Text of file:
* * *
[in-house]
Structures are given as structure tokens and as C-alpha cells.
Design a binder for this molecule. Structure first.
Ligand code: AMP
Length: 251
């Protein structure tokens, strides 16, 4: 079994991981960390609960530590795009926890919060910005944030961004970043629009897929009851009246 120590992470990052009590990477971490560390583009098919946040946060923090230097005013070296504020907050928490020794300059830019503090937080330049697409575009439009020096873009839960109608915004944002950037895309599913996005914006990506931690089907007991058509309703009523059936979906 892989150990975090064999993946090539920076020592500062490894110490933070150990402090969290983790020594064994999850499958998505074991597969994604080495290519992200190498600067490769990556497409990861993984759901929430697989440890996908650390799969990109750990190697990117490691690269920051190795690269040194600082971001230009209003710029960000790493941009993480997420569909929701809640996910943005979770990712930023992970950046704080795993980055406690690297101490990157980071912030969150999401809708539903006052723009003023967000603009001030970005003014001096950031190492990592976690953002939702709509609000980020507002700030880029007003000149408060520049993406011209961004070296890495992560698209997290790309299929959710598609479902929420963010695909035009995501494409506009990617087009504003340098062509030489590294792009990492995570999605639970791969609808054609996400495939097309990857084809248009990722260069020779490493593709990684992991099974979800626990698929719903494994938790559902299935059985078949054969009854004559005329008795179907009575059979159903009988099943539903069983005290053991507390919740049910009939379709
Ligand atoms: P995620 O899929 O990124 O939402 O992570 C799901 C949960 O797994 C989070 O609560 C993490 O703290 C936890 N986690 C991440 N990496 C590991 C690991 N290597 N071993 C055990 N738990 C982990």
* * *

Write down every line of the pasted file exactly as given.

[in-house]
Structures are given as structure tokens and as C-alpha cells.
Design a binder for this molecule. Structure first.
Ligand code: AMP
Length: 251
């Protein structure tokens, strides 16, 4: 079994991981960390609960530590795009926890919060910005944030961004970043629009897929009851009246 120590992470990052009590990477971490560390583009098919946040946060923090230097005013070296504020907050928490020794300059830019503090937080330049697409575009439009020096873009839960109608915004944002950037895309599913996005914006990506931690089907007991058509309703009523059936979906 892989150990975090064999993946090539920076020592500062490894110490933070150990402090969290983790020594064994999850499958998505074991597969994604080495290519992200190498600067490769990556497409990861993984759901929430697989440890996908650390799969990109750990190697990117490691690269920051190795690269040194600082971001230009209003710029960000790493941009993480997420569909929701809640996910943005979770990712930023992970950046704080795993980055406690690297101490990157980071912030969150999401809708539903006052723009003023967000603009001030970005003014001096950031190492990592976690953002939702709509609000980020507002700030880029007003000149408060520049993406011209961004070296890495992560698209997290790309299929959710598609479902929420963010695909035009995501494409506009990617087009504003340098062509030489590294792009990492995570999605639970791969609808054609996400495939097309990857084809248009990722260069020779490493593709990684992991099974979800626990698929719903494994938790559902299935059985078949054969009854004559005329008795179907009575059979159903009988099943539903069983005290053991507390919740049910009939379709
Ligand atoms: P995620 O899929 O990124 O939402 O992570 C799901 C949960 O797994 C989070 O609560 C993490 O703290 C936890 N986690 C991440 N990496 C590991 C690991 N290597 N071993 C055990 N738990 C982990």